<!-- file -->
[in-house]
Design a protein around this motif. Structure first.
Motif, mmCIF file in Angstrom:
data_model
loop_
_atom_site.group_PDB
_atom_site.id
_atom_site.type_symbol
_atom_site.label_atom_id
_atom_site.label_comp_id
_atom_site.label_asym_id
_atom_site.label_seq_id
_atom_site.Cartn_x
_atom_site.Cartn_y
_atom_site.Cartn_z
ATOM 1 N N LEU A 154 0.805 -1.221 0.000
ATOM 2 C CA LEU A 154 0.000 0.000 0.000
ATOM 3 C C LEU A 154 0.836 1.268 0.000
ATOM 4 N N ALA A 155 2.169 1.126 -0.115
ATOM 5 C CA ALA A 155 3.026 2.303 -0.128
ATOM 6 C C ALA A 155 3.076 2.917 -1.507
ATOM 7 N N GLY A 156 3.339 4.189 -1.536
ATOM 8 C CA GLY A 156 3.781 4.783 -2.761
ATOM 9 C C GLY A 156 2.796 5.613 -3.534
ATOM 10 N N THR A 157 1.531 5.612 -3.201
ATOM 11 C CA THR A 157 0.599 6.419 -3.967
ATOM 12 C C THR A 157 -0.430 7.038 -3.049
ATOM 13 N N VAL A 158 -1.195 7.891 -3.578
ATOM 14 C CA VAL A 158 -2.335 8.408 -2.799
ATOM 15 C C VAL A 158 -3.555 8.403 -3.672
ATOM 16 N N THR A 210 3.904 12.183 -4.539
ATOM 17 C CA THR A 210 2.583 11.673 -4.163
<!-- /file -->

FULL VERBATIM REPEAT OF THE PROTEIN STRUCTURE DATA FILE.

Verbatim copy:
[in-house]
Design a protein around this motif. Structure first.
Motif, mmCIF file in Angstrom:
data_model
loop_
_atom_site.group_PDB
_atom_site.id
_atom_site.type_symbol
_atom_site.label_atom_id
_atom_site.label_comp_id
_atom_site.label_asym_id
_atom_site.label_seq_id
_atom_site.Cartn_x
_atom_site.Cartn_y
_atom_site.Cartn_z
ATOM 1 N N LEU A 154 0.805 -1.221 0.000
ATOM 2 C CA LEU A 154 0.000 0.000 0.000
ATOM 3 C C LEU A 154 0.836 1.268 0.000
ATOM 4 N N ALA A 155 2.169 1.126 -0.115
ATOM 5 C CA ALA A 155 3.026 2.303 -0.128
ATOM 6 C C ALA A 155 3.076 2.917 -1.507
ATOM 7 N N GLY A 156 3.339 4.189 -1.536
ATOM 8 C CA GLY A 156 3.781 4.783 -2.761
ATOM 9 C C GLY A 156 2.796 5.613 -3.534
ATOM 10 N N THR A 157 1.531 5.612 -3.201
ATOM 11 C CA THR A 157 0.599 6.419 -3.967
ATOM 12 C C THR A 157 -0.430 7.038 -3.049
ATOM 13 N N VAL A 158 -1.195 7.891 -3.578
ATOM 14 C CA VAL A 158 -2.335 8.408 -2.799
ATOM 15 C C VAL A 158 -3.555 8.403 -3.672
ATOM 16 N N THR A 210 3.904 12.183 -4.539
ATOM 17 C CA THR A 210 2.583 11.673 -4.163